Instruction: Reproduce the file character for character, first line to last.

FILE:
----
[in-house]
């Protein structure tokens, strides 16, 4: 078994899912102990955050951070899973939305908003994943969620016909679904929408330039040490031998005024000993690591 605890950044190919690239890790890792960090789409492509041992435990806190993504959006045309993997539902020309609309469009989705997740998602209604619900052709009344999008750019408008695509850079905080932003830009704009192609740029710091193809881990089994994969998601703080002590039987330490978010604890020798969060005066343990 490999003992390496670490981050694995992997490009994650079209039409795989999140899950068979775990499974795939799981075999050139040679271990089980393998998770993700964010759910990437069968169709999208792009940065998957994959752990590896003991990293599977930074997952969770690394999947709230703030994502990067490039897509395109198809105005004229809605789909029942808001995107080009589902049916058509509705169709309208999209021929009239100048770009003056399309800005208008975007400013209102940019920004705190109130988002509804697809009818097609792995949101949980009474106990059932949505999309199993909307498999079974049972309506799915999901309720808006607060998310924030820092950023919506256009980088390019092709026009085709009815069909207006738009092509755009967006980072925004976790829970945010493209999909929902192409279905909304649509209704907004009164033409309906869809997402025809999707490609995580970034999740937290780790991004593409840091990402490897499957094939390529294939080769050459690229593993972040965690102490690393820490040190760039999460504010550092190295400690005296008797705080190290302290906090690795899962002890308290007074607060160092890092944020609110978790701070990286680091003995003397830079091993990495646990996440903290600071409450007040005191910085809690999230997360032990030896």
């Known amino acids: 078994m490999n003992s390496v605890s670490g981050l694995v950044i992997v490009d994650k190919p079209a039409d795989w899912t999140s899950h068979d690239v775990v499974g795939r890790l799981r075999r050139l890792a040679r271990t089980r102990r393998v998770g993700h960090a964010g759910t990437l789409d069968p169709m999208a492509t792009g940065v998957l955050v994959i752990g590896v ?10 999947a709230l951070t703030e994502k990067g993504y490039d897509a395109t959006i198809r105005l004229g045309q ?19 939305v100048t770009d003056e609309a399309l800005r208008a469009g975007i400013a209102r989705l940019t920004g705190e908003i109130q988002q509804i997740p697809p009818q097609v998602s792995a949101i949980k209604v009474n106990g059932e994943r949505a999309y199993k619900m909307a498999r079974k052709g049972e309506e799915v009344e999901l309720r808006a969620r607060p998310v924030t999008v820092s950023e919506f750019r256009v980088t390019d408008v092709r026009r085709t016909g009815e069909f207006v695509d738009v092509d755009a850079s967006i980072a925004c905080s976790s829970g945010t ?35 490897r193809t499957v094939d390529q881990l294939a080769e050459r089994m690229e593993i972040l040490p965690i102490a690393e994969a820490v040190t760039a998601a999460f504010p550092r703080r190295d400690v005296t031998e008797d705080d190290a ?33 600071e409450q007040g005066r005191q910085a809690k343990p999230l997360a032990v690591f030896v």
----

[in-house]
């Protein structure tokens, strides 16, 4: 078994899912102990955050951070899973939305908003994943969620016909679904929408330039040490031998005024000993690591 605890950044190919690239890790890792960090789409492509041992435990806190993504959006045309993997539902020309609309469009989705997740998602209604619900052709009344999008750019408008695509850079905080932003830009704009192609740029710091193809881990089994994969998601703080002590039987330490978010604890020798969060005066343990 490999003992390496670490981050694995992997490009994650079209039409795989999140899950068979775990499974795939799981075999050139040679271990089980393998998770993700964010759910990437069968169709999208792009940065998957994959752990590896003991990293599977930074997952969770690394999947709230703030994502990067490039897509395109198809105005004229809605789909029942808001995107080009589902049916058509509705169709309208999209021929009239100048770009003056399309800005208008975007400013209102940019920004705190109130988002509804697809009818097609792995949101949980009474106990059932949505999309199993909307498999079974049972309506799915999901309720808006607060998310924030820092950023919506256009980088390019092709026009085709009815069909207006738009092509755009967006980072925004976790829970945010493209999909929902192409279905909304649509209704907004009164033409309906869809997402025809999707490609995580970034999740937290780790991004593409840091990402490897499957094939390529294939080769050459690229593993972040965690102490690393820490040190760039999460504010550092190295400690005296008797705080190290302290906090690795899962002890308290007074607060160092890092944020609110978790701070990286680091003995003397830079091993990495646990996440903290600071409450007040005191910085809690999230997360032990030896």
């Known amino acids: 078994m490999n003992s390496v605890s670490g981050l694995v950044i992997v490009d994650k190919p079209a039409d795989w899912t999140s899950h068979d690239v775990v499974g795939r890790l799981r075999r050139l890792a040679r271990t089980r102990r393998v998770g993700h960090a964010g759910t990437l789409d069968p169709m999208a492509t792009g940065v998957l955050v994959i752990g590896v ?10 999947a709230l951070t703030e994502k990067g993504y490039d897509a395109t959006i198809r105005l004229g045309q ?19 939305v100048t770009d003056e609309a399309l800005r208008a469009g975007i400013a209102r989705l940019t920004g705190e908003i109130q988002q509804i997740p697809p009818q097609v998602s792995a949101i949980k209604v009474n106990g059932e994943r949505a999309y199993k619900m909307a498999r079974k052709g049972e309506e799915v009344e999901l309720r808006a969620r607060p998310v924030t999008v820092s950023e919506f750019r256009v980088t390019d408008v092709r026009r085709t016909g009815e069909f207006v695509d738009v092509d755009a850079s967006i980072a925004c905080s976790s829970g945010t ?35 490897r193809t499957v094939d390529q881990l294939a080769e050459r089994m690229e593993i972040l040490p965690i102490a690393e994969a820490v040190t760039a998601a999460f504010p550092r703080r190295d400690v005296t031998e008797d705080d190290a ?33 600071e409450q007040g005066r005191q910085a809690k343990p999230l997360a032990v690591f030896v």